Most likely you own your home. You realized that the best investment you can make is in a home. You decided that you don't want to keep making mortgage payments for your landlord and would rather put that equity into your future. So why don't you own your electricity?
Assuming you finance your solar installation, your payments for solar will most likely be about the same as what you would have paid to your utility company. The difference? You are paying for something that you will own and reap the benefits from for years to come. On average solar loans are 15 years and nearly match your current electric bill. That means you didn't change your spending at all and at the end of your loan you own the panels free and clear and still have an additional 10 year warranty! Electric rates go up on average 2% every year in Clovis. Loans are locked in. You can safely plan for the future without worrying about inflation!
The New Mexico Solar Market Development Tax Credit or "New Mexico Solar Tax Credit" was passed by the 2020 New Mexico Legislature and signed by New Mexico Governor Michelle Lujan Grisham. This bill provides a 10% tax credit with a value up to $6,000 for a solar energy systems.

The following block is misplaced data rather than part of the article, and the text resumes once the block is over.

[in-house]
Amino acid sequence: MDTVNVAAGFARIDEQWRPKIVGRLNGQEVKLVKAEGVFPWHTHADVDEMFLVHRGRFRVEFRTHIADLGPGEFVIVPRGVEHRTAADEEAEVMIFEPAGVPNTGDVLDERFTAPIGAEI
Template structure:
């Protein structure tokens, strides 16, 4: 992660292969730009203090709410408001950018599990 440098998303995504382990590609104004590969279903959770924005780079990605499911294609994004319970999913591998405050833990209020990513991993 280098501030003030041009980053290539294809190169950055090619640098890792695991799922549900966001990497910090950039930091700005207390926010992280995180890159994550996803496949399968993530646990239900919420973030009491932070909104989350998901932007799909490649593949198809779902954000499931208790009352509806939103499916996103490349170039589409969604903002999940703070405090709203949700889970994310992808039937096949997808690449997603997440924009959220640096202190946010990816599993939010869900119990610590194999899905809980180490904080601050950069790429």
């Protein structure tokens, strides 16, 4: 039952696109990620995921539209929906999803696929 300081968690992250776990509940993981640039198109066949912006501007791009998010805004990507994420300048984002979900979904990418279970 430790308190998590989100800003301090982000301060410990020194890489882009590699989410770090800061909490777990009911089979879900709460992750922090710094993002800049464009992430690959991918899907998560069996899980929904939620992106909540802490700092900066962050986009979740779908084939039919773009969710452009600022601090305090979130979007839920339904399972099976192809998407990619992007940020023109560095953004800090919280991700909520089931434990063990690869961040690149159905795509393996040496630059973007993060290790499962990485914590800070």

Even though solar increases the value of your home, that extra value is exempt from property taxes in New Mexico. That's great news for homeowners who go solar – you get the financial benefits of generating your own power, without having to worry about a higher tax bill.
In addition to the property tax incentive, you save up-front on solar in New Mexico because the state exempts solar equipment from its gross receipts tax. That is a savings of 8.19% of the project cost!
All of the New Mexico solar incentives are great for reducing your solar costs, but you can’t forget about the federal Investment Tax Credit (ITC). With the ITC, you can claim 26 percent of your solar equipment and installation costs on your federal taxes, which means even higher solar savings.
When you put solar panels on your roof, you want to make sure you get credit for the power your system generates. Luckily, New Mexico has a net metering policy that credits you for the extra electricity your system produces, and allows you to use those credits when your system doesn’t generate enough power.